Kenyans headed to various polling stations on Tuesday to exercise their democratic right to vote. The process went on well according to the IEBC except for a few challenges. According to the commission, areas that have experienced delays in starting the voting process will extend the time by the time lost.
Several stories have been making headlines. To begin with, former Sports Cabinet Secretary Rashid Echesa is making headlines after roughing up a ‘Nation’ journalist. The Mumias West parliamentary aspirant confronted the journalist after she took pictures of some suspicious activities happening at the polling station. The situation was later resolved.
Nakuru Town East MP David Gikaria was arrested after allegedly assaulting a voter at the polling station. Nakuru County Police Commander Peter Mwanzo has since confirmed the incident. The assaulted voter has been hospitalized with injuries on the head.
“There are claims he injured a voter and caused commotion and disturbance at the polling station,” Mwanzo said.
The IEBC has raised concerns over the low voter turnout. This is despite various political leaders calling upon voters to come out in large numbers and vote. During the announcement made at noon, only 30 percent of registered voters had voted according to records generated by the KIEMS kits.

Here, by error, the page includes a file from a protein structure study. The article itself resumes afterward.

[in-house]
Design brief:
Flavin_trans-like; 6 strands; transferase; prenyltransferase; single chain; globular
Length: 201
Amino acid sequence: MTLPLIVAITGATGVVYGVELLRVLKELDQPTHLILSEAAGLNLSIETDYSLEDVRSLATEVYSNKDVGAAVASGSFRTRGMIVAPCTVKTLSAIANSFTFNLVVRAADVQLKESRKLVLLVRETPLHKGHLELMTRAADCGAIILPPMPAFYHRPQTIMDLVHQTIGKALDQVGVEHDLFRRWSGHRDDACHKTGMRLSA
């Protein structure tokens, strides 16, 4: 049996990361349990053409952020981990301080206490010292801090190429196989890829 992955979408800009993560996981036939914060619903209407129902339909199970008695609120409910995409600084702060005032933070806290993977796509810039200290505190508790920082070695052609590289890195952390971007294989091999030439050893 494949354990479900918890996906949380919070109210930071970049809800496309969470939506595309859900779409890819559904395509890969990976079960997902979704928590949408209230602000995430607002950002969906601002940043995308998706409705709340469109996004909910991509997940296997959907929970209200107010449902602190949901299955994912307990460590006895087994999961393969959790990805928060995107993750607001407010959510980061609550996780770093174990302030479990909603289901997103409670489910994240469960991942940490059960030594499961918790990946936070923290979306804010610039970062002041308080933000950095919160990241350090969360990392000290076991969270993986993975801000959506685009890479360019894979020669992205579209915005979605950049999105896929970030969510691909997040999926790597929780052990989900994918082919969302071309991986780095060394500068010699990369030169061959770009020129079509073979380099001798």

At 4 pm, at least 12,065,803 voters had voted. This constitutes an equivalent of 56.17 percent. However, this number is exclusive to voters who were identified through manual registers.
In Mombasa, Governor Ali Hassan Joho and former Nairobi governor Mike Mbuvi Sonko almost came to a fistfight. The two clashed after they met at Mary Cliff Primary school polling station during their routine inspection of the voting process. Police officers intervened and calmed the situation before it got out of hand.
Roots party presidential candidate Prof George Wajackoyah finally managed to vote after a technical hitch in the morning. At around 10 am, Wajackoyah arrived at the Indangalasia Primary School polling station in Kakamega County to vote but could not be identified by the KIEMS kits. Later in the day, IEBC authorized the use of manual registers, and Wajackoyah was cleared to vote.
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